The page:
By Robert Romano
One good thing that came out of the omnibus spending bill signed into law by President Donald Trump is that it defunds a key aspect of the Obama era Department of Housing and Urban Development (HUD) regulation, Affirmatively Furthering Fair Housing.
This was the rule enacted in 2015 that allowed HUD to order more than 1,200 cities and counties that accepted any part of $3 billion of annual community development block grants to rezone neighborhoods along income and racial criteria.
This was always a vast overreach, where the federal government could come in and tell communities what must be built and where. Now, it’s over.
Under Division L, Title II of the Consolidated Appropriations Act of 2018, Section 234, it states, “None of the funds made available by this Act may be used by the Department of Housing and Urban Development to direct a grantee to undertake specific changes to existing zoning laws as part of carrying out the final rule entitled ‘Affirmatively Furthering Fair Housing’ … or the notice entitled ‘Affirmatively Furthering Fair Housing Assessment Tool’ …”
This provision utterly guts the HUD regulation, which had already been delayed by HUD Secretary Ben Carson earlier this year until 2020.
Now, with the backing of Congress, Carson needs to go the extra mile and either rescind this regulation completely, or revise it to comply with the new law.
Congress has spoken on this issue under its Article I power of the purse, and is now saying that the Fair Housing Act, community development block grants and this regulation can no longer be used to direct communities to undertake any changes to zoning.
Believe it or not, this is a game changer.
Without Congress acting, simply rescinding this regulation would have been far riskier for Carson and Trump.
In 1983, the Supreme Court decided Motor Vehicle Manufacturers Association v. State Farm Mutual that rescinding any regulation issued an agency is obligated to supply a reasoned analysis “for the change beyond that which may be required when an agency does not act in the first instance.”
The outcome was that it is much more difficult to rescind an existing regulation than it is to either modify it or never have issued it in the first place, leaving every single regulatory rescission subject to judicial review.
Ultimately, the rescinding agency has to argue not only that rescinding the regulation in question is rational based on the statutory scheme, but prove that enacting it was irrational to begin with.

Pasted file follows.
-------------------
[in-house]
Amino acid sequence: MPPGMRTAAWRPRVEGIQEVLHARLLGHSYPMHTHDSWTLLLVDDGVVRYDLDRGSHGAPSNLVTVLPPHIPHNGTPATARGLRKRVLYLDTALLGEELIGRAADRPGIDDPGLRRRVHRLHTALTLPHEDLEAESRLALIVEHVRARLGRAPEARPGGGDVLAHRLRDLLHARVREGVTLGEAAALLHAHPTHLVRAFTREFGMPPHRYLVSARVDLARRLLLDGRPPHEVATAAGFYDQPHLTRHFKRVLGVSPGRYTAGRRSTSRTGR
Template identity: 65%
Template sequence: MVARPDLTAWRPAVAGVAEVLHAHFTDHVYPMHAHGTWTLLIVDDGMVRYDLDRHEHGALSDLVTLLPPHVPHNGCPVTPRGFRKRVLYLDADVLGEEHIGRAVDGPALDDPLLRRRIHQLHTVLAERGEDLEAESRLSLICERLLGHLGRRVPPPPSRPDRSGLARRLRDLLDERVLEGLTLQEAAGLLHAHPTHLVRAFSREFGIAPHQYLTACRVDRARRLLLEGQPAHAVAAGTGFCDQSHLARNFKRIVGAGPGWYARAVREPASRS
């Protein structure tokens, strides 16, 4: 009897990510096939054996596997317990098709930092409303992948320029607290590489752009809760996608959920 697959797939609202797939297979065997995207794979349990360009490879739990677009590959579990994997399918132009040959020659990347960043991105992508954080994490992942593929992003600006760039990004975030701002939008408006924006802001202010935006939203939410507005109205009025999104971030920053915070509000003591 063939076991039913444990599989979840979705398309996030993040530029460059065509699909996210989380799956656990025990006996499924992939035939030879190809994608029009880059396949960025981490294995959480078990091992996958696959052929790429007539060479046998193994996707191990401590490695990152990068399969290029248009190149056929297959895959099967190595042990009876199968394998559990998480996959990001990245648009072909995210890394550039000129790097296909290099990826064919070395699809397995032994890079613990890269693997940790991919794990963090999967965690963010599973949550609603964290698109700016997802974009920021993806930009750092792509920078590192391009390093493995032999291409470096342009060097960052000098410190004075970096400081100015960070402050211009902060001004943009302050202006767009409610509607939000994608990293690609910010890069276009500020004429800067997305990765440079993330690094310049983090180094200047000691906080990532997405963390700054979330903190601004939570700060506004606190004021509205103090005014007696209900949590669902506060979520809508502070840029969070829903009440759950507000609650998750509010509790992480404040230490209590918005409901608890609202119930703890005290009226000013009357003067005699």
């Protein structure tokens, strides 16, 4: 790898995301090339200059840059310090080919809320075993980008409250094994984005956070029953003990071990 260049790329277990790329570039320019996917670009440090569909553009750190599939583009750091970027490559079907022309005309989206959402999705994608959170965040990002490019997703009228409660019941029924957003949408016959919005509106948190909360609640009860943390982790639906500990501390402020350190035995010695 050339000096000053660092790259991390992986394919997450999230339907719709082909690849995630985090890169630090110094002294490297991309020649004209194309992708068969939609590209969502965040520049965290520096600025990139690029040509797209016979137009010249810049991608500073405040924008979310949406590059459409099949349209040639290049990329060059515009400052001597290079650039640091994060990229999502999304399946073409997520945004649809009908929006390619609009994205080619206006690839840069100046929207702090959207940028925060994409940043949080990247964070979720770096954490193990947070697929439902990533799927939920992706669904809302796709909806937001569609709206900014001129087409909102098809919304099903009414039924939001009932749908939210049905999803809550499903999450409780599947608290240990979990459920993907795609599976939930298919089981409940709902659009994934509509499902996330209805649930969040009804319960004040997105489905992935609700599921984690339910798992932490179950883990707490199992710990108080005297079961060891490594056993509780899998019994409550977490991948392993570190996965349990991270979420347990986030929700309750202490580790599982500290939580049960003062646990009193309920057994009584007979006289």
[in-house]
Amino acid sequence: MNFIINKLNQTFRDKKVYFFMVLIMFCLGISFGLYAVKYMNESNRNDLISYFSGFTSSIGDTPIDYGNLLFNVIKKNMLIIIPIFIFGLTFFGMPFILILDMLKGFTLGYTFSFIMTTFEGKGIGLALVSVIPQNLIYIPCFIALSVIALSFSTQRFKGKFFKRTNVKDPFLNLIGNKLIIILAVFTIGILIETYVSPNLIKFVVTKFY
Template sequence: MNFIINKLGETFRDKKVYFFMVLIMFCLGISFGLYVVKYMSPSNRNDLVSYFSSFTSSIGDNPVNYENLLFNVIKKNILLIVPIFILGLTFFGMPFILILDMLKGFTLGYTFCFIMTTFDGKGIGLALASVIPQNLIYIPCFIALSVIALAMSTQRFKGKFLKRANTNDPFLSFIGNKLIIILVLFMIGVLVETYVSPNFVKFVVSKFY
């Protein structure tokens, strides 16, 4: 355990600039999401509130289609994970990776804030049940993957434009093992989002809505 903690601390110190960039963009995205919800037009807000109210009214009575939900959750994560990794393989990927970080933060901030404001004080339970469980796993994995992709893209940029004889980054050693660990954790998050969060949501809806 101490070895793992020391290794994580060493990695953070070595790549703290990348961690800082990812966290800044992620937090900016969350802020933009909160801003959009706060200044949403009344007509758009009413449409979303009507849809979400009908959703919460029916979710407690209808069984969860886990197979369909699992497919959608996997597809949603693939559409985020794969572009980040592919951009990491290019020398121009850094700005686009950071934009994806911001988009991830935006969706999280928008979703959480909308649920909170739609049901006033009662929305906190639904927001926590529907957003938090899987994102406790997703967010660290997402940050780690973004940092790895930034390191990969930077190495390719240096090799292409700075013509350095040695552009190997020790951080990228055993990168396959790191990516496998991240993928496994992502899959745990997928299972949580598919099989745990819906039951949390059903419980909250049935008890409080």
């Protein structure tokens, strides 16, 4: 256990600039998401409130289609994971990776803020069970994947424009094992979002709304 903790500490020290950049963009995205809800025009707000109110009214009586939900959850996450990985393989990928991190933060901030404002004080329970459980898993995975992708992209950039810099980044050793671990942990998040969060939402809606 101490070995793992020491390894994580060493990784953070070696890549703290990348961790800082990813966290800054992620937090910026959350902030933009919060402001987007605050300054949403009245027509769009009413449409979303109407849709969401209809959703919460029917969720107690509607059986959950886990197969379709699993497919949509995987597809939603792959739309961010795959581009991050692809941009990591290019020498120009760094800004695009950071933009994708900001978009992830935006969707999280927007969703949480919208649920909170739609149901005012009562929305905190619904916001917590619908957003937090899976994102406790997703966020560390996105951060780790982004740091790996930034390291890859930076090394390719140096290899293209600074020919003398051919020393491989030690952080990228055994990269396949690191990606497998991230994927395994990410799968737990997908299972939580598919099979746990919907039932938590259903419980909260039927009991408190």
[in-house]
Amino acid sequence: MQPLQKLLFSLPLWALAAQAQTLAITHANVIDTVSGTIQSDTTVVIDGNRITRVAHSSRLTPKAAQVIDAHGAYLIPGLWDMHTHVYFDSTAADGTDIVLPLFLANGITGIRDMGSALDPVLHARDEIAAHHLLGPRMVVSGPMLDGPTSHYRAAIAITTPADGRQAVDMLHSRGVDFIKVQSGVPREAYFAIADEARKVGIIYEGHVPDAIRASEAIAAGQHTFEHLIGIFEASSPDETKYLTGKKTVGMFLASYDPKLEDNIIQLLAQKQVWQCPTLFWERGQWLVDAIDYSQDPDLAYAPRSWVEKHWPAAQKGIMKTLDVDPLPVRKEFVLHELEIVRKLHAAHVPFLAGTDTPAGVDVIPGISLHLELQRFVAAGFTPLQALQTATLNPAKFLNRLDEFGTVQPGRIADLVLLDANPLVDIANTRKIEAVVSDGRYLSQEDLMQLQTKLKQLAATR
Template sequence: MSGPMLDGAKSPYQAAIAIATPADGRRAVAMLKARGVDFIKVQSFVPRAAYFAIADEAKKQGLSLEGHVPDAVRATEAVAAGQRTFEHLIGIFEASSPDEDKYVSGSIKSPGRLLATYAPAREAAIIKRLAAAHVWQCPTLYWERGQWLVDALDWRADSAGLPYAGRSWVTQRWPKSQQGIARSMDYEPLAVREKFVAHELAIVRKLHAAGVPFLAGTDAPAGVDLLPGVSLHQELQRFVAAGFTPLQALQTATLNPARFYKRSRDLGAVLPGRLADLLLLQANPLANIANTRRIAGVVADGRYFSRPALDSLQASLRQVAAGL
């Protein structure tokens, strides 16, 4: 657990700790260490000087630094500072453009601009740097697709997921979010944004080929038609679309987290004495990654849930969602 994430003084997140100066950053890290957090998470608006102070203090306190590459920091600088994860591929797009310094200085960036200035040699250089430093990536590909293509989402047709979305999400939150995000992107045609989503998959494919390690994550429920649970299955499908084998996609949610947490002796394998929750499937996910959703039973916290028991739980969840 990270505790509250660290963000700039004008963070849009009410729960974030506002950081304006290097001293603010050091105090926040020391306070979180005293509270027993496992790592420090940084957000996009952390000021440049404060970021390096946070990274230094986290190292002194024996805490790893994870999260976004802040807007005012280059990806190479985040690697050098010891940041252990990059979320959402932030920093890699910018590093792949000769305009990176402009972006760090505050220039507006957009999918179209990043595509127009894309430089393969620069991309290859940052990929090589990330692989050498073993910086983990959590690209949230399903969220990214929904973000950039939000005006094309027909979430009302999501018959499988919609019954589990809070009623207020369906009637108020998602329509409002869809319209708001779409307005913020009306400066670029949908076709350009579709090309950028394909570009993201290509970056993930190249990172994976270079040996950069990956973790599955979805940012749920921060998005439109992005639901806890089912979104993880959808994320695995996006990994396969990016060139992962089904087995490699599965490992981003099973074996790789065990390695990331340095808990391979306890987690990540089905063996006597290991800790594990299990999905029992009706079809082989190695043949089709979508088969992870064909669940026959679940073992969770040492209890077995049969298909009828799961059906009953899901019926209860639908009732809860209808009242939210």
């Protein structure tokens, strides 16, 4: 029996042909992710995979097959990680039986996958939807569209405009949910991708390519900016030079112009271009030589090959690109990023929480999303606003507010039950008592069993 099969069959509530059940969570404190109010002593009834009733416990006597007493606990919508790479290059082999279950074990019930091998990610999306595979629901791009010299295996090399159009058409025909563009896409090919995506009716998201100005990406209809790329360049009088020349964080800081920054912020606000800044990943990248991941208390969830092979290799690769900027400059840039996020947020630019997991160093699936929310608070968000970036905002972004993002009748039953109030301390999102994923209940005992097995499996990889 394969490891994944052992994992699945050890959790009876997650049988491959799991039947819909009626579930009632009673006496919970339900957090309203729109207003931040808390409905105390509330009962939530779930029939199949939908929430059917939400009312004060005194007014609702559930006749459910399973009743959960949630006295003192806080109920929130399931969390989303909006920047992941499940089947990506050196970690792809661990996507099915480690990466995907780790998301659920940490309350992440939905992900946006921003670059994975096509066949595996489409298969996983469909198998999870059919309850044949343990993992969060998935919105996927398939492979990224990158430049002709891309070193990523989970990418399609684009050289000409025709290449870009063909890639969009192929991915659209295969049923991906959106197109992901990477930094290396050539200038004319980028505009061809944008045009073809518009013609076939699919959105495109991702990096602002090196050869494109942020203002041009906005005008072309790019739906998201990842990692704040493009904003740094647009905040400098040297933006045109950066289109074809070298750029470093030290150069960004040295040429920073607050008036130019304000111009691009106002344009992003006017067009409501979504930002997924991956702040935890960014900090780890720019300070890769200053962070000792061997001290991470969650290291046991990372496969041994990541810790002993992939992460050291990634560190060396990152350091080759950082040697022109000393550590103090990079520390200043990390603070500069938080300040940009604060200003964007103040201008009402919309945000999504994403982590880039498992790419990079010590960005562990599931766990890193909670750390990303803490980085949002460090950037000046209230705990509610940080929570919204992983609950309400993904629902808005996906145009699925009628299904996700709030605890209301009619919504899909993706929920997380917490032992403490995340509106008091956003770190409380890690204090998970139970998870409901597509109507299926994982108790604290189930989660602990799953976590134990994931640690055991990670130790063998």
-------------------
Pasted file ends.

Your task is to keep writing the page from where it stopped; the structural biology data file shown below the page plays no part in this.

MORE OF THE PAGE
Carson and Trump will now have no problems on that count if they choose to rescind or roll back most of the HUD zoning regulation. The regulation, which absolutely affects zoning, no longer rationally rests within the statutory scheme. It’s now illegal to spend money on implementing it as it was written.
Now nobody can argue that the Fair Housing Act implicitly requires such changes be made to zoning laws. Thanks to U.S. Rep. Paul Gosar (R-Ariz.), the representative who first pushed to defund this regulation, Congress has changed the terms of the game.
Realistically, that will remain true so long as Congress keeps carrying forward the defund language in every single omnibus spending bill going forward. Republicans will have to fight to defund this provision every year so long as the regulation remains in place.
Should Democrats win the midterm elections in November, they might seek to strip this language out of next year’s HUD appropriations bill. To avert this possibility, Carson must begin the regulatory rescission process immediately. There is not a moment to lose.
While there were many problems with the $1.3 trillion omnibus spending bill, one thing the Republican-led Congress got absolutely right was defunding Affirmatively Furthering Fair Housing from being used to force communities to make changes to local zoning law.
Congress has done its job. Now it is up to the Trump administration with Carson in the lead to rescind this regulation with the window of opportunity Congress has given, so that no administration ever again attempts to take over local governments across the country.
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Robert Romano is the Vice President of Public Policy at Americans for Limited Government.